A Rosh Hashana Resolution: I stop Burying my Head in the Sand and Urge you to Do the Same

It occurred to me that Rosh Hashana is fast approaching, autumn is calendrically here and the heat on this Shabbat morning in Jerusalem is problematic. As this is the time of the year that we Jews reconvene with ourselves for our soul accounting cheshbon nefesh and with God and people to ask for forgiveness, I am contemplating what my resolutions for the coming year could be.

At first glance, looking at my life from the outside everything seems fine. I tick the box on healthy, tick the box loving family, tick the box meaningful work, and as if that were not enough, I live in Jerusalem, a multi-culti city that speaks to my sensibilities, so what more is there to ask?

However when I lift my gaze beyond my small, private life, and see Israel, and the world from a bird's eye view, I see far better, what needs my attention and immediate care.

I see signs of the earth calling. I see droughts in our region, Syria being the most prominent example of what an extended drought can inflict. I see floods with victims by the thousands, and our beautiful earth and bodies of water contaminated, covered in garbage created by our abundant and affluent societies.

I am not discouraged by what I see as long as we communally acknowledge it and take action to repair it. Mending the world is one of our people's principles, after all.

What frightens me is that we have collectively buried our heads in the sand pretending what we experience is not actually happening.

My resolution for the New Year is to take my head out from the sand and see! Seeing and acknowledging the problem, is the first step towards solving it.

Co-operation is the key for us to collectively tackle an issue; Local, regional and international co-operation and team spirit. And in the process of our co-operating to solve shared environmental dangers looming upon us, we get to know our neighbors locally, regionally and beyond. And when meeting the other, the borders and walls that separated us before, come down and bridges are built instead, promoting sustainable development and peace.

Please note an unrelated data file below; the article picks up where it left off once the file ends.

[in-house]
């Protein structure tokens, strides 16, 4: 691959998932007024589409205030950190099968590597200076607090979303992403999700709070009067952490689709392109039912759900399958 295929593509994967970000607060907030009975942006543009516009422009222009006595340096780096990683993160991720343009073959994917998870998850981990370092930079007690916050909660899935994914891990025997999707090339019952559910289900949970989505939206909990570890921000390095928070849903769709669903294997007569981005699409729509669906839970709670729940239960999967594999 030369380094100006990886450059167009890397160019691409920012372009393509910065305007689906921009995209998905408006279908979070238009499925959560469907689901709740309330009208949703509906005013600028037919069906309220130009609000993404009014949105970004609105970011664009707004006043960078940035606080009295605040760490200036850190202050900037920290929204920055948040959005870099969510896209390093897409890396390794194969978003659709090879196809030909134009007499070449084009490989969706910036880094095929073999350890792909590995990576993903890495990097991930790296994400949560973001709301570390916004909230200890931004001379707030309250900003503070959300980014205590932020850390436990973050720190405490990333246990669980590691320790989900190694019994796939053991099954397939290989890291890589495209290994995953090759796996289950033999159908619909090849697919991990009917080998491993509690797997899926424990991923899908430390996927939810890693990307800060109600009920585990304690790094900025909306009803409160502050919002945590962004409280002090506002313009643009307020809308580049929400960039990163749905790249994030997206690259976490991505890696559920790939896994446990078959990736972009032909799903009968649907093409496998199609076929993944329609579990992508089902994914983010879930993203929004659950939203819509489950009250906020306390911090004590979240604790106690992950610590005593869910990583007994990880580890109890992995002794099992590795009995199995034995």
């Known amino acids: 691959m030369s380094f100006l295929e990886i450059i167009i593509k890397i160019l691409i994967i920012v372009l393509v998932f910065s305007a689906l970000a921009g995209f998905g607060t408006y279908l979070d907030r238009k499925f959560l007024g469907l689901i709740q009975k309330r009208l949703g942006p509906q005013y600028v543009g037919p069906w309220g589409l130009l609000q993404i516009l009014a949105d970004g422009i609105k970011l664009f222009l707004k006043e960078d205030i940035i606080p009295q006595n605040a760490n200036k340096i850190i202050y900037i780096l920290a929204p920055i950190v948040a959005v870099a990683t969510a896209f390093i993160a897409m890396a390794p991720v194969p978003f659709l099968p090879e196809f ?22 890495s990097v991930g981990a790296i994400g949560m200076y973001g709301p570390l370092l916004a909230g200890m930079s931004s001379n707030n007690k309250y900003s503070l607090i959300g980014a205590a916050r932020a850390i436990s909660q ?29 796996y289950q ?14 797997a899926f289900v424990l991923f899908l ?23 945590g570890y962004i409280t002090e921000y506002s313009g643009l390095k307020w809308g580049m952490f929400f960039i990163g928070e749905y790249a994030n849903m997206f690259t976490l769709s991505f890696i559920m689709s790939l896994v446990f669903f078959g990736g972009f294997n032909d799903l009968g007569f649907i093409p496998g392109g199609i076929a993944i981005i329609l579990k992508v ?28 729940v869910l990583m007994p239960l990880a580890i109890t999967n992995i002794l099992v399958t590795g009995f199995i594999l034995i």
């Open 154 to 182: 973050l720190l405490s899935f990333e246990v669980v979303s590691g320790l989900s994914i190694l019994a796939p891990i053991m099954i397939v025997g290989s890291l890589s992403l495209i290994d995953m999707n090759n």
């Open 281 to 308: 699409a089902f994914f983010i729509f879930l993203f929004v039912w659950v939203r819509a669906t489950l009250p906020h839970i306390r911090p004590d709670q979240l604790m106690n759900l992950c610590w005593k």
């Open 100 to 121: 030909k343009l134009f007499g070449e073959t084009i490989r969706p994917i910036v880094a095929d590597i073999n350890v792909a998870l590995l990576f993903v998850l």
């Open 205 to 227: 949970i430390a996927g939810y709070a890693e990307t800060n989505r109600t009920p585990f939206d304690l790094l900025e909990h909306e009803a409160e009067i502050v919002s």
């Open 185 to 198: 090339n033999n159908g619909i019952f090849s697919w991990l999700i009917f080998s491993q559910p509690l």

The Seventh Generation principle was brought to my attention by my healer friend Maayan, this past August when we met in Aegina, Greece. "In every deliberation we must consider the impact on the seventh generation…even if it requires having skin as thick as the bark of a pine." The above quote is derived from the constitution of the Iroquois Nation, a Matriarchal clan system which further exlains:

The thickness of your skin shall be seven spans — which is to say that you shall be proof against anger, offensive actions and criticism. Your heart shall be filled with peace and good will and your mind filled with a yearning for the welfare of the people of the Confederacy. With endless patience you shall carry out your duty and your firmness shall be tempered with tenderness for your people. Neither anger nor fury shall find lodgement in your mind and all your words and actions shall be marked with calm deliberation. In all of your deliberations in the Confederate Council, in your efforts at law making, in all your official acts, self-interest shall be cast into oblivion. Cast not over your shoulder behind you the warnings of the nephews and nieces should they chide you for any error or wrong you may do, but return to the way of the Great Law which is just and right. Look and listen for the welfare of the whole people and have always in view not only the present but also the coming generations, even those whose faces are yet beneath the surface of the ground — the unborn of the future Nation.”
May the Jewish people in Israel and the Diaspora hear the call of this living participatory democracy on our Yom Troua, our day of sounding the Shofar, as we usher in the new year, at sundown 1st Tishrei, 5778 for our and our children's year and seven generations down humanity's road to be as sweet as apple dipped in honey. Shana Tova u'Metuka!